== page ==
Business groups alarmed by rise of ‘micro-unions’ in workplace
Business groups are sounding the alarm over decisions from the National Labor Relations Board (NLRB) that they say would make it easier for small groups of people to create “micro-unions” in the workplace.
The NLRB first recognized the so-called micro-unions in 2011 at Specialty Healthcare, a rehabilitation center, where a group of nursing assistants wanted to organize. Then this week, the labor board endorsed another micro-union, giving a small group of employees at Macy's permission to organize.
Industry groups fear the arrangements could create havoc by forcing companies to bargain with multiple unions at the same work site.
“We are very concerned, because the Specialty Healthcare case, in our view, was just the tip of the iceberg,” said Eric Oppenheim, who owns 18 franchise restaurants throughout Maryland and D.C. “Now, they're going to target industries that traditionally were very difficult to unionize.”
The rise of micro-unions has all sorts of industries flustered, from restaurants and hotels to grocery stores and manufacturers.
“I think most employers, if they haven't been approached by a micro-union yet, they're definitely waiting,” said Amanda Wood, director of employment at the National Association of Manufacturers.
The Speciality Healthcare decision gave unions the ability to, in essence, “gerrymander” a workplace, says Jim Plunkett, director of labor law policy at the U.S. Chamber of Commerce.
“The problem with Speciality Healthcare is not the smallness of the unions, but the way the lines are gerrymandered within a workplace,” Plunkett said. “They're allowed to cherry pick the employees in the workplace that they know will be supportive of the union.”
Meanwhile, the remaining employees at a workplace can opt to either form their own separate union, or not join one at all, which employers say makes the collective bargaining process all the more confusing.
Labor unions and public interest groups say micro-unions will help level the playing field for employees, so that those who want to organize can do so.
“In most workplaces, business owners have figured out ways to hijack the collective bargaining process,” said Keith Wrightson, worker safety and health advocate at Public Citizen. “Workers really do not have any place to turn to.”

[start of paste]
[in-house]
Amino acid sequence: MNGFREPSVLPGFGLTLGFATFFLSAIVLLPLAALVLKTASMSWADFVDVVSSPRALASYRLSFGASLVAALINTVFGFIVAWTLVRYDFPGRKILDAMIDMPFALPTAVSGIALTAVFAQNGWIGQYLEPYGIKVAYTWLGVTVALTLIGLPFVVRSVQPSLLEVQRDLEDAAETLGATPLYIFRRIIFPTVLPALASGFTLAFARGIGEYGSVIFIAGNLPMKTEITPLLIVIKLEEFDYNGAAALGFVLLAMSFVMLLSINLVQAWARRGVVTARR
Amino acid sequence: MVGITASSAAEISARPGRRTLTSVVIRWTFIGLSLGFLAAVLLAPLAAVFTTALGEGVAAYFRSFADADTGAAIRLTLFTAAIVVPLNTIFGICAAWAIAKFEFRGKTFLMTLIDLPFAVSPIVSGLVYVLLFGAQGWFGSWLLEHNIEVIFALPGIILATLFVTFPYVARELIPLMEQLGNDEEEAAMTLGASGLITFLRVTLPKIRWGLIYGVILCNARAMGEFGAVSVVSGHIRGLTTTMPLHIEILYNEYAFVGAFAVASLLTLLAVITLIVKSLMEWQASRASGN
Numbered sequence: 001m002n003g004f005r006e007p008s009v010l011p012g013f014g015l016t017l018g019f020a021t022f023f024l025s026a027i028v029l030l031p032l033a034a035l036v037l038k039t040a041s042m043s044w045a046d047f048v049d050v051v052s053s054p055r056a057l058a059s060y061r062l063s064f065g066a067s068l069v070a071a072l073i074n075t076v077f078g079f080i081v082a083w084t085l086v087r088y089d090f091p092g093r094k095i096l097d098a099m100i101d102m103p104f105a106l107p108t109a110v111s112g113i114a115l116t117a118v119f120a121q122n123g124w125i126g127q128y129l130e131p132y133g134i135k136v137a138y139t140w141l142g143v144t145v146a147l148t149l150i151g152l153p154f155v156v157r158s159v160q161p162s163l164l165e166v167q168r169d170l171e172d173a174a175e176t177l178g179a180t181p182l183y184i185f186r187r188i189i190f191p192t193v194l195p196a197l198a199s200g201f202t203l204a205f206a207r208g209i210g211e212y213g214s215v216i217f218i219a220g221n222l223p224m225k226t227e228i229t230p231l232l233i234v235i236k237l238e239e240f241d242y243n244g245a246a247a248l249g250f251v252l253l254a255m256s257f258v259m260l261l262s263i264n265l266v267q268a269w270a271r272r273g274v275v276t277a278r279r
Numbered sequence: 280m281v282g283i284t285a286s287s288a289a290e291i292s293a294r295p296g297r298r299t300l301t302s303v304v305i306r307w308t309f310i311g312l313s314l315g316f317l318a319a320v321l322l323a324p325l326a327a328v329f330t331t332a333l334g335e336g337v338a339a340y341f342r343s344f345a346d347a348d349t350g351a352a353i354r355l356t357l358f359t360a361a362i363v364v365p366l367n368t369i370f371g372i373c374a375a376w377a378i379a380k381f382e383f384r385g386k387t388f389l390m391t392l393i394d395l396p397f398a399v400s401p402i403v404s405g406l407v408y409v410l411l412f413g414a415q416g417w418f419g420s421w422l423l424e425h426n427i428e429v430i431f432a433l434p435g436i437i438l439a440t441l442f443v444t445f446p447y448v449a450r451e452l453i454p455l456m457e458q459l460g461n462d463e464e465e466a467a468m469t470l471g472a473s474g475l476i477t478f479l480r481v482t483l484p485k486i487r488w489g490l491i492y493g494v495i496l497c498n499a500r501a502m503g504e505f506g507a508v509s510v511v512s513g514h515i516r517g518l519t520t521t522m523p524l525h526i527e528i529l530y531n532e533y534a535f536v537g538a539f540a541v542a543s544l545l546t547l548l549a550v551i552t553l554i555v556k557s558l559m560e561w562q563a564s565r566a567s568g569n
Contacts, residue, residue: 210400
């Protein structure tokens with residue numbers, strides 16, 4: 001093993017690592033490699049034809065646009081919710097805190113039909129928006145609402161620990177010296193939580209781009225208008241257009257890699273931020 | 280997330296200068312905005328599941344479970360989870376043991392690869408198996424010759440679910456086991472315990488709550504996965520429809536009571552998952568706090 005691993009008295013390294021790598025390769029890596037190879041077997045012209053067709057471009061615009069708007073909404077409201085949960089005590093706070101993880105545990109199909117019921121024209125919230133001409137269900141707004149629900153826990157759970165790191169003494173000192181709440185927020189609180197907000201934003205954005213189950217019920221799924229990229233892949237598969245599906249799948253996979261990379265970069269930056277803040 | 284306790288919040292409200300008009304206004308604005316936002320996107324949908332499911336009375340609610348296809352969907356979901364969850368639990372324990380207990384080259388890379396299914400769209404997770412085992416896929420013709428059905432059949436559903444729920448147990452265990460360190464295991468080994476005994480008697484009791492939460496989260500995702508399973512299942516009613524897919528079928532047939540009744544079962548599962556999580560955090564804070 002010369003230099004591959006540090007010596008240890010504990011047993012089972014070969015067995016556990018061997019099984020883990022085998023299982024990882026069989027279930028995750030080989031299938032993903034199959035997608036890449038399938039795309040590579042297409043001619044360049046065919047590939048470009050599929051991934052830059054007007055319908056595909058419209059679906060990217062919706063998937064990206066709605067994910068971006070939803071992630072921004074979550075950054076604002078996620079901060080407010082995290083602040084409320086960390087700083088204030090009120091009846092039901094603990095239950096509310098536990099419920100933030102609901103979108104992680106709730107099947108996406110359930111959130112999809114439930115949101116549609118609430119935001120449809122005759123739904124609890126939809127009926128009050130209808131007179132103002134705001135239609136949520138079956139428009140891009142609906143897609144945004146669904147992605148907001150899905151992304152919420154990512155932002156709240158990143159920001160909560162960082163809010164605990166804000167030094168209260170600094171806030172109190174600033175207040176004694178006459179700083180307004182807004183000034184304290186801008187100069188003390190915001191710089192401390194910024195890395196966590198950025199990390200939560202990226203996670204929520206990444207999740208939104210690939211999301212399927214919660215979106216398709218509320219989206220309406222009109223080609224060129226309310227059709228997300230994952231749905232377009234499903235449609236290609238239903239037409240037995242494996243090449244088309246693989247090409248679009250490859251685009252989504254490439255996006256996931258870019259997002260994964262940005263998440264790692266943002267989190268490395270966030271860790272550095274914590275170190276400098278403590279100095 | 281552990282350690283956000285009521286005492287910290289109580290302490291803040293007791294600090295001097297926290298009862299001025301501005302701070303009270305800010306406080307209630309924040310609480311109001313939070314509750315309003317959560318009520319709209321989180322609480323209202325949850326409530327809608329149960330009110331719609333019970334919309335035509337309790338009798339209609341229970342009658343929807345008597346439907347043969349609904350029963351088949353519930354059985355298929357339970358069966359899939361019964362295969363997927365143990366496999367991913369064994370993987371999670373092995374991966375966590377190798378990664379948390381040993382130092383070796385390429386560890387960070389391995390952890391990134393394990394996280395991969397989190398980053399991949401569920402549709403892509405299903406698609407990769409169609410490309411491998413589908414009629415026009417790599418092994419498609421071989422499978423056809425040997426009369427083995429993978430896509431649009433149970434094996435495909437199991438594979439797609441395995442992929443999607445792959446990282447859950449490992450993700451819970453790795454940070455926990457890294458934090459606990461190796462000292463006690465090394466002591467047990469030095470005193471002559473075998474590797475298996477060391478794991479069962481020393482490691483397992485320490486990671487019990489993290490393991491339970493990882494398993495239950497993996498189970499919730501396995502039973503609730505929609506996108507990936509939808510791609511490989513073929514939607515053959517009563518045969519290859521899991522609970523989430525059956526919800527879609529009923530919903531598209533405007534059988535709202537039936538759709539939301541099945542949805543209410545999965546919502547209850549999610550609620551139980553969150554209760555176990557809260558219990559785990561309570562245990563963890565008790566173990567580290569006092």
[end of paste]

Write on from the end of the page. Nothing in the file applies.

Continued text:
Employers, on the other hand, “feel like the deck is stacked against them,” said Wood.
Many small business owners say they want to create such a good work environment that their employees don't feel like they need a union to negotiate for better pay and benefits.
Other employers are planning more strategic attacks on micro-unions.
Michael Lotito, an employment and labor attorney and co-chairman of the Workplace Policy Institute, said employers could protect against micro-unions by merging a store's different departments so that every worker shares the same responsibilities.
That means at a pizza restaurant, for example, employees would take turns driving the delivery car, making pizzas, serving customers, and cleaning the tables, Lotito said.
“When you create these individual departments with separate managers and job descriptions, you are inviting micro-unions,” Lotito said.
But this is easier said than done, said Lotito, who pointed out that it could be difficult for companies to blend the job responsibilities of all their employees.
Take the hospitality industry, for example.
“If you have a hotel and all the maids organize, you could be bargaining with them, the people at the front desk and the bellhops,” said Jay Perron, vice president of government affairs and public policy at the International Franchise Association.
“This is something franchise owners will potentially have to deal with down the road,” Perron said.
Micro-unions could also cause problems at grocery stores.
“I could certainly see it being an issue at grocery stores,” Plunkett said. “One union could go after the deli workers, and another union could go after the bakers, and another could go after cashiers.”
Many employers say they have never had to deal with unions before, and feel unprepared for negotiating multiple contracts.
Jerry Howard, CEO of the National Association of Home Builders, said he sees micro-unions as the “first real effort” by unions to organize homebuilders.
“Right now, in our industry we have a predominately non-unionized workforce,” Howard said.
He said micro-unions are now “on our radar.”
“The NLRB has gamed the system so much in favor for the unions, we need to rethink our strategies,” Howard said.
“We'll do our best to discourage these things from getting into our sector,” he said.
The practical effect of micro-unions for builders could be higher prices for homebuyers, Howard said.
“This would be a serious blow to housing affordability,” he said.
The restaurant industry also warns that prices could jump for consumers. Oppenheim said his fast food stores are built on providing customers affordable food, but negotiating with multiple unions would raise his costs and force him to possibly double the price of a hamburger.
“If micro-unions were to spring up, it would be a disaster for our industry,” Oppenheim said.
Customer service could also suffer, employers say.
“Customers are used to approaching employees, asking questions, and expecting that person to help,” said Brian Dodge, spokesman for the Retail Industry Leaders Association (RILA). “But a customer could approach an employee looking for advice or help and be told that's not their job.”